Remittance Behaviors of International Migrants in Comparative Perspective: Evidence from Rural China
Qian Song, University at Albany, State University of New York (SUNY)
Zai Liang, University at Albany, State University of New York (SUNY)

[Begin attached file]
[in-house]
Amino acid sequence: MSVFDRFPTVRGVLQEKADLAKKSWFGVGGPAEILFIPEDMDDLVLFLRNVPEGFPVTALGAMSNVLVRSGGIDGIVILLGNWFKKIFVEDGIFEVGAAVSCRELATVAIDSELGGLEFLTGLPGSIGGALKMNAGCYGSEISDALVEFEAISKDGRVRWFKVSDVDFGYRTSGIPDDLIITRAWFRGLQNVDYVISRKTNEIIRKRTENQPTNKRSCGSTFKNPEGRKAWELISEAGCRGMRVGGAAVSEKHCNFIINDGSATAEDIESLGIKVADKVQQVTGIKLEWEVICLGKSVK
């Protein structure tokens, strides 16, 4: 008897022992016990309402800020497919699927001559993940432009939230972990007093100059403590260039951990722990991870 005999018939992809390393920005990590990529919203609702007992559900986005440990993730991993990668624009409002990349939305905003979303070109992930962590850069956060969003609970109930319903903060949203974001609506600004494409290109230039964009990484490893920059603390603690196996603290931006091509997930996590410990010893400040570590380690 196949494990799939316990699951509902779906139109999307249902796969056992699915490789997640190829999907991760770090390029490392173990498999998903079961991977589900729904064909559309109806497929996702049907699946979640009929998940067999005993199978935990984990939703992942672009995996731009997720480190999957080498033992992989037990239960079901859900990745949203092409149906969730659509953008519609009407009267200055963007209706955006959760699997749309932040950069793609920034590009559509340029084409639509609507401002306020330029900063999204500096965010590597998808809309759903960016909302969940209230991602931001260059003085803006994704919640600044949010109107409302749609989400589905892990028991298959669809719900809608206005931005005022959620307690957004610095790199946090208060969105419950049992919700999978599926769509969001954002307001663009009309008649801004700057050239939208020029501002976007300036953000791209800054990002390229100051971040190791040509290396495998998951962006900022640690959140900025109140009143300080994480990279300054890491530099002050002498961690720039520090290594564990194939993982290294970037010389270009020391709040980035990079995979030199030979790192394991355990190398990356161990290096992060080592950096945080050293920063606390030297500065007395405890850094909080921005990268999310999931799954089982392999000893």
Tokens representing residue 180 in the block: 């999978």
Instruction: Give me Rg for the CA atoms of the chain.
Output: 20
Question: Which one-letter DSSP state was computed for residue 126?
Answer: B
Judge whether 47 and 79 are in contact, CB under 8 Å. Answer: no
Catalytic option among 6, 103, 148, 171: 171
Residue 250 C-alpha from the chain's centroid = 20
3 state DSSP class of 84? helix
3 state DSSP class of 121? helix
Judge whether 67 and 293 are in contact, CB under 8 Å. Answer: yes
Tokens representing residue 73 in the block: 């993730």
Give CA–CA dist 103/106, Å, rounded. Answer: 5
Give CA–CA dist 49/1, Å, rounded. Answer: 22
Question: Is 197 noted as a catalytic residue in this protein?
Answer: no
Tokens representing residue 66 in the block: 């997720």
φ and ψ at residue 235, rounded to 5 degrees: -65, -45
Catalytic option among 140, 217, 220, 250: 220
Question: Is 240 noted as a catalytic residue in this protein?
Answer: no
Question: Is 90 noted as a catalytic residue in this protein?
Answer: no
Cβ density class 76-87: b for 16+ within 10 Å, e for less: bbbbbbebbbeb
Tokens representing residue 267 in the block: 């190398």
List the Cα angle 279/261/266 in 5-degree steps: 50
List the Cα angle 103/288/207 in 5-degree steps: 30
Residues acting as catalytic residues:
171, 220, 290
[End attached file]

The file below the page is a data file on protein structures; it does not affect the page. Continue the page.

Extant studies on remittance behaviors have mostly focused on village economic contexts in the migration origin country and a single pathway of remittances from one destination country to communities in the origins. In this paper, we compare two pathways of remittances from the United States and Europe to two regions in China’s Fujian Province. Using data from a 2002-2003 survey on international migration from Fujian Province, we show that the propensity to remit was only responsive to household economic disadvantages in the underdeveloped Mingxi region, and substantial larger amount was received by households in Fuzhou, where longer emigration history and unique local norms were practiced to stimulate remittances. In addition, while policy contexts at both origin and destinations and local norms all helped to pattern the usage of remittances, local positional power only seemed to respond to the forces of local culture in directing them into public projects in Fuzhou.